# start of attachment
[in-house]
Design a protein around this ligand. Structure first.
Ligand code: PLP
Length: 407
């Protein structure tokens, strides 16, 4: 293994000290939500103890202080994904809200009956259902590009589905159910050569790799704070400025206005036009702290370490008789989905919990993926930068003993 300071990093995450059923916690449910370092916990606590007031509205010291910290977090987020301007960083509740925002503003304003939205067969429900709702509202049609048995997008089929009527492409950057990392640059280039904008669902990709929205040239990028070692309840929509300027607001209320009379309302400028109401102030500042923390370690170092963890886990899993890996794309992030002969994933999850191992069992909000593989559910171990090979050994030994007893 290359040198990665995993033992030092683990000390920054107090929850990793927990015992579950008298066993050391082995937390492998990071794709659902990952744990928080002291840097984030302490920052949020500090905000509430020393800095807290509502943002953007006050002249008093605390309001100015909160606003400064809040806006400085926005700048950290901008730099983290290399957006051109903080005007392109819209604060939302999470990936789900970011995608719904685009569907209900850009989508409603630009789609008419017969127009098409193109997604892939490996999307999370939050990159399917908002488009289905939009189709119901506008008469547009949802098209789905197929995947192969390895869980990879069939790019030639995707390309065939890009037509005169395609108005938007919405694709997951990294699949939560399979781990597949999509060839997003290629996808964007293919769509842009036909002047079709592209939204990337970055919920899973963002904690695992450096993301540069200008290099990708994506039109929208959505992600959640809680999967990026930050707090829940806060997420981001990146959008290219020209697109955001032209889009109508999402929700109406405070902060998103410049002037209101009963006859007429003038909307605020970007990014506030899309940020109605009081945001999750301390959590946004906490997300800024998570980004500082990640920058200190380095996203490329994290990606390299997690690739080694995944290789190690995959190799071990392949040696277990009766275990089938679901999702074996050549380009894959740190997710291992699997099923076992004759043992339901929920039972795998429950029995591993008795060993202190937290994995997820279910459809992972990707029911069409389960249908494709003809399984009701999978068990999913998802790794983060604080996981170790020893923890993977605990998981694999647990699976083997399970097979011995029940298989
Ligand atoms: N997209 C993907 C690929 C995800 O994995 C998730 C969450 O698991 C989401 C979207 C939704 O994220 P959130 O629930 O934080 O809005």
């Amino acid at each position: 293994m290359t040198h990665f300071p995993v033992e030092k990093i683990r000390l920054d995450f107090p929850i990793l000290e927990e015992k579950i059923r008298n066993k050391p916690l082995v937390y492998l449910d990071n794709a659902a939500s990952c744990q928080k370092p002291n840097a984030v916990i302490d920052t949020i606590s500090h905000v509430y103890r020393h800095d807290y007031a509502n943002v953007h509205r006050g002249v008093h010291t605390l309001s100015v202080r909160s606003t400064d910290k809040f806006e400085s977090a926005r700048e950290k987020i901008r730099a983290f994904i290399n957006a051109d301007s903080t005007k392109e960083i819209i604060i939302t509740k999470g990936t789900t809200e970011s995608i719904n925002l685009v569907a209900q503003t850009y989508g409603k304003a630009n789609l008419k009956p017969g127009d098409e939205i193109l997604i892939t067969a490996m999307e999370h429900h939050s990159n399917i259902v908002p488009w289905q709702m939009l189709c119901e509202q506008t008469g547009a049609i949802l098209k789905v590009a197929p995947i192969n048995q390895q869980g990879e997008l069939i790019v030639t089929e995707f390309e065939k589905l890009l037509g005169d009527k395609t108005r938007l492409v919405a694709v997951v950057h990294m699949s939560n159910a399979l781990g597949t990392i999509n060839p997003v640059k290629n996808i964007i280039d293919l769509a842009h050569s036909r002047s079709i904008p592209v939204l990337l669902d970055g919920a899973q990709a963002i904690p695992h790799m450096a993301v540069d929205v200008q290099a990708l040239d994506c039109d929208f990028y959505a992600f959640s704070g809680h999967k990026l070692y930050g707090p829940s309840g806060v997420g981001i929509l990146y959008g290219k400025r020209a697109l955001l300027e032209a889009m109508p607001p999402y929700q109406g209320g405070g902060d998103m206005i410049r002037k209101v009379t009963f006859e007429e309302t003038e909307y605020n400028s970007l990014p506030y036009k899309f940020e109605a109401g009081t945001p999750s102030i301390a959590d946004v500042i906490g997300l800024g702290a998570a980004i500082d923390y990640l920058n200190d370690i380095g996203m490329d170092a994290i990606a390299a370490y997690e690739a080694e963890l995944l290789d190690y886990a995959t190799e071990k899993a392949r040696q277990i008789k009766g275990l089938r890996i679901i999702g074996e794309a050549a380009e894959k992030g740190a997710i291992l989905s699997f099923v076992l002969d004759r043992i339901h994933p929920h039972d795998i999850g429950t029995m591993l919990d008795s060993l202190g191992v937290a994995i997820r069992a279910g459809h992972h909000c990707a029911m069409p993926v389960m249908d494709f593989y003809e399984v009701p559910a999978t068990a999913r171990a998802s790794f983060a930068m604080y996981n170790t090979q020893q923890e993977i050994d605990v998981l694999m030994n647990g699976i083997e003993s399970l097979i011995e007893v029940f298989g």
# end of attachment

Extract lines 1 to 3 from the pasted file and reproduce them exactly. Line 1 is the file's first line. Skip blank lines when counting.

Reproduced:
[in-house]
Design a protein around this ligand. Structure first.
Ligand code: PLP